By Ausra Motuzaite-Pinkeviciene
Adjusting to unfamiliar organs is always a hard but exciting task. The less time you have to adjust, the harder it is.
In my opinion, if you know you will have a very small amount of time to try the new instrument before you will have a performance, try to select some easy organ pieces. Pick up pieces that you can play very well, not too hard pedal part etc.
Also, you should try to find out as much information about the organ as possible before going to an actual instrument. If you contact the local organist, she will provide you with an organ specification and might tell you specific things about particular instrument.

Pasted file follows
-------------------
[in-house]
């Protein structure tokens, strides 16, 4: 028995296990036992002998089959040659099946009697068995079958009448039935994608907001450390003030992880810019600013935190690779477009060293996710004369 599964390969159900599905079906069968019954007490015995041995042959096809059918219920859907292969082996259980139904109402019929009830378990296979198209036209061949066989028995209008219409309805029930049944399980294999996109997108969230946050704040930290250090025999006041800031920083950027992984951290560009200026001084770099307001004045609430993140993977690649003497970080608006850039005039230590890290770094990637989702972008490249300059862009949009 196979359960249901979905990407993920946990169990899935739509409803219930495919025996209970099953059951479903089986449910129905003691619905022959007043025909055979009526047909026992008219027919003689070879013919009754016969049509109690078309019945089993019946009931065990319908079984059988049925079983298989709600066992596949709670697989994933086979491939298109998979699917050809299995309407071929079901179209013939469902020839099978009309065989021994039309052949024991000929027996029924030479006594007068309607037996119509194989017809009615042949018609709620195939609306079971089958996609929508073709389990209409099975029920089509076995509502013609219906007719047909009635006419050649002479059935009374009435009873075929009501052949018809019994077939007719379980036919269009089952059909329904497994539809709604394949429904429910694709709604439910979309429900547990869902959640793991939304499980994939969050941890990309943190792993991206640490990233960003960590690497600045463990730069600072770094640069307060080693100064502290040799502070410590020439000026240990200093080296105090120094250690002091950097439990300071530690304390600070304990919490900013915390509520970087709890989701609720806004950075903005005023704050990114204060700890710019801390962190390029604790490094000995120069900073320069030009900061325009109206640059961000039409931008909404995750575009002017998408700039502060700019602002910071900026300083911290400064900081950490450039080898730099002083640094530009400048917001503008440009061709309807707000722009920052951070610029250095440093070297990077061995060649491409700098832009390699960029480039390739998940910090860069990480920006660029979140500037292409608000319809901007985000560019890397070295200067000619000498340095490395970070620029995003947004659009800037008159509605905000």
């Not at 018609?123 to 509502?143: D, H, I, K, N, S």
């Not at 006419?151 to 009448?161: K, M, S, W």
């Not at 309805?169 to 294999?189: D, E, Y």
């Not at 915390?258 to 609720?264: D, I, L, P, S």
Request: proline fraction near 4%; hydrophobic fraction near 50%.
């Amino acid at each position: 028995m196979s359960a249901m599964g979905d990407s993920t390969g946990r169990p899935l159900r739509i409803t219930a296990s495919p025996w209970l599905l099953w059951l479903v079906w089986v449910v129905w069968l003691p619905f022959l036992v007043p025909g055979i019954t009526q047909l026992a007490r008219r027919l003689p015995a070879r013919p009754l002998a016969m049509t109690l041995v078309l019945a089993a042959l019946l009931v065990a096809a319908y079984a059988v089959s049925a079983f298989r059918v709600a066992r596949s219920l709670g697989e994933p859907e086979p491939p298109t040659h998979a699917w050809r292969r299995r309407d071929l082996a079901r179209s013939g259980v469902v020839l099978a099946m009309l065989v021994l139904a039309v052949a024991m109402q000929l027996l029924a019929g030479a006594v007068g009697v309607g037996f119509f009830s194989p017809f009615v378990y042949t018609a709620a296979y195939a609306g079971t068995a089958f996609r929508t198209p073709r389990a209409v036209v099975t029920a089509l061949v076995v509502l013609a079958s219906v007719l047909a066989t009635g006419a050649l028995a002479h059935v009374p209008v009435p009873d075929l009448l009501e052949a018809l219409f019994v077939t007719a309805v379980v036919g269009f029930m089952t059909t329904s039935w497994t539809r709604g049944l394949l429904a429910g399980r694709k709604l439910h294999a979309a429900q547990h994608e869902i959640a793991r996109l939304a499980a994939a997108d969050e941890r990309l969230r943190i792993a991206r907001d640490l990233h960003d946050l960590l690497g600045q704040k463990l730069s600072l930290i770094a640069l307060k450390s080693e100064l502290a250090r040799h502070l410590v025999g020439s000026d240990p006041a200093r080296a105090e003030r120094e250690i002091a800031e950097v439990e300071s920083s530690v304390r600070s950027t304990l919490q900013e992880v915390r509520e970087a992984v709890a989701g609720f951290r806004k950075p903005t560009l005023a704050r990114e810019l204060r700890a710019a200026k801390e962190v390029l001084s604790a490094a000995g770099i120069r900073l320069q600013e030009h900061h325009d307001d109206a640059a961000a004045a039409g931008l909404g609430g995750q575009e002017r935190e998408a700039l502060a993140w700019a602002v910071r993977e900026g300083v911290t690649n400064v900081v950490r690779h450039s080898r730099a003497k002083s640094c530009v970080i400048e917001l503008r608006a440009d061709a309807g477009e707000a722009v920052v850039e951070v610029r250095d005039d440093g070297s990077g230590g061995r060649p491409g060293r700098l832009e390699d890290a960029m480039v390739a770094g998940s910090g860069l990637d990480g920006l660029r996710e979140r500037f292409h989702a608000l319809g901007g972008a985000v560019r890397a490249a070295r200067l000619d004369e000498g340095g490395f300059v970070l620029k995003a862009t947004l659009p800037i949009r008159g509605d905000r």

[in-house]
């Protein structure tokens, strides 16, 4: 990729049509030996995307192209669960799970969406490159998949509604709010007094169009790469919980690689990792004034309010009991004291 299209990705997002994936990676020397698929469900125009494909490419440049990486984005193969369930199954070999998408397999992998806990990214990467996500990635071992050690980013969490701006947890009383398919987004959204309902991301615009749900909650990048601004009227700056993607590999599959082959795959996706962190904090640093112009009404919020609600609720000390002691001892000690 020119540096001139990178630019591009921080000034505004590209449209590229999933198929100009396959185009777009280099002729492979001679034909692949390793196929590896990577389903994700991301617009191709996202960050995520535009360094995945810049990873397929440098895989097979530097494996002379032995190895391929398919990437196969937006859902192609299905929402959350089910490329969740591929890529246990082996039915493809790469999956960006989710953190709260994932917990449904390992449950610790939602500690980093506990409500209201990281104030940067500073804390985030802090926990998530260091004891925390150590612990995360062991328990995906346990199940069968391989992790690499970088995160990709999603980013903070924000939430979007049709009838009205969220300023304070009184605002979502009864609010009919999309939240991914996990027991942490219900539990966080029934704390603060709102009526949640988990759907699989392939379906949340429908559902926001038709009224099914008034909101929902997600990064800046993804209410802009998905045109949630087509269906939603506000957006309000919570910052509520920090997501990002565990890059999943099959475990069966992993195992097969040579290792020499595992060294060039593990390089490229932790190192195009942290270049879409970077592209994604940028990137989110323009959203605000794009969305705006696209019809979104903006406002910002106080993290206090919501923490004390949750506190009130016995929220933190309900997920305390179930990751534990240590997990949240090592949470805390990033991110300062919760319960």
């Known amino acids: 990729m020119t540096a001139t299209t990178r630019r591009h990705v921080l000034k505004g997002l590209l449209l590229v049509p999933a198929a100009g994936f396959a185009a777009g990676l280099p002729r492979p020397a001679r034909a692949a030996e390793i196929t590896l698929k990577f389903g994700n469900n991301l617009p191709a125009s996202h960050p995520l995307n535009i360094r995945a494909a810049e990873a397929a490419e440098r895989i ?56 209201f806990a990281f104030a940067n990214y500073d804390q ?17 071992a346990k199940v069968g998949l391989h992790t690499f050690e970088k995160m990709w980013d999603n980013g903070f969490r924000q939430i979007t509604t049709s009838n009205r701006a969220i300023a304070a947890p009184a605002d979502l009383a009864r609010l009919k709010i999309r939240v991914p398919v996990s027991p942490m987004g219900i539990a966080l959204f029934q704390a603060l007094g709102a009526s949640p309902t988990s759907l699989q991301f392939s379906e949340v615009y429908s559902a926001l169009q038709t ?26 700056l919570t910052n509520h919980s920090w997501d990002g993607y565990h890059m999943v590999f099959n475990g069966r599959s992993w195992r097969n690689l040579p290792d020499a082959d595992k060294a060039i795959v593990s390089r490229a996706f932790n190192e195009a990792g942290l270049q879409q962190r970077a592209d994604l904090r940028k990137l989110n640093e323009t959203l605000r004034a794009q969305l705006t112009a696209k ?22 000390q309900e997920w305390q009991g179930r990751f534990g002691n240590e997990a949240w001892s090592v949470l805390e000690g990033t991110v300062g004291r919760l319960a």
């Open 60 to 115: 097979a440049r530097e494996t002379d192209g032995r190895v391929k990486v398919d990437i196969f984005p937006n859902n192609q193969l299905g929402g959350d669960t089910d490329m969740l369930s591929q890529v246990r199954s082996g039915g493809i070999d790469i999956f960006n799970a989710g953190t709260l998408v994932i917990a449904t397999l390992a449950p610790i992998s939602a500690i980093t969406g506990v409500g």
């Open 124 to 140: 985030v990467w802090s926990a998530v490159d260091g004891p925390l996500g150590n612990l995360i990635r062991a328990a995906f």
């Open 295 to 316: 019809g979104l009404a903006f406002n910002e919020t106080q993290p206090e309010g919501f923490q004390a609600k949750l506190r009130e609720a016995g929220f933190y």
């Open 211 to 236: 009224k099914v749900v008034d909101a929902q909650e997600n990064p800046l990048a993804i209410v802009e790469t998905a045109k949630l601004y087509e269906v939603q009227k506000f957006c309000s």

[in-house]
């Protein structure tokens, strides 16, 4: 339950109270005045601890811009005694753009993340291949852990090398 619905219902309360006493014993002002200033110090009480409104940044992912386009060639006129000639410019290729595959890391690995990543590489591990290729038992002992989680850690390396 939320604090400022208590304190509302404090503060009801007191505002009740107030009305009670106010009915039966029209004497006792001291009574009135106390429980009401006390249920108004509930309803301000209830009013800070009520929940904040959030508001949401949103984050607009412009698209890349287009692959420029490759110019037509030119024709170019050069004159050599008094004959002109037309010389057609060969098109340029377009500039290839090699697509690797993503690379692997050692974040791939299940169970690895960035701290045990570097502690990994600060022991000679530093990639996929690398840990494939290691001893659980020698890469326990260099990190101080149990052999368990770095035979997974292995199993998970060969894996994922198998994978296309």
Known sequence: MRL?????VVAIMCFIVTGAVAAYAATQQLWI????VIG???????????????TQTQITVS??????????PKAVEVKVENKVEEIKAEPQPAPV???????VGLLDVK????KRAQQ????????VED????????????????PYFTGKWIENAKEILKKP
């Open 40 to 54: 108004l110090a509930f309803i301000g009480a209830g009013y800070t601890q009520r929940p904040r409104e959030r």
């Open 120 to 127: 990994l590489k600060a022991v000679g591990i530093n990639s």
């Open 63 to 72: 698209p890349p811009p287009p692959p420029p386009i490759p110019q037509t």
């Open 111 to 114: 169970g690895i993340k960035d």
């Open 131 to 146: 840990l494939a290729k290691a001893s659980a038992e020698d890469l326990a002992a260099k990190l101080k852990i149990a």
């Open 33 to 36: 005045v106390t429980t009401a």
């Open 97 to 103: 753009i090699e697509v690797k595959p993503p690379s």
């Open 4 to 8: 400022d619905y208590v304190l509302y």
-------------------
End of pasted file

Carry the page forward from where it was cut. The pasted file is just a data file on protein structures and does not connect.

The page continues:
At the beginning when you will try a new instrument do not play fast. Start from the principal 8' and listen to the acoustics, later add more stops until you reach Organ Pleno registration (principal chorus with mixtures).
It's hard to adjust to a new instrument, but at the same time it is the thing that makes organ the most exciting instrument in the world. You never know what you will find and how the things will go.
This is a true beauty of being an organist.
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Drs. Vidas Pinkevicius and Ausra Motuzaite-Pinkeviciene
Organists of Vilnius University , creators of Secrets of Organ Playing.
Don't have an organ at home?
Download paper manuals and pedals, print them out, cut the white spaces, tape the sheets together and you'll be ready to practice anywhere where is a desk and floor. Make sure you have a higher chair.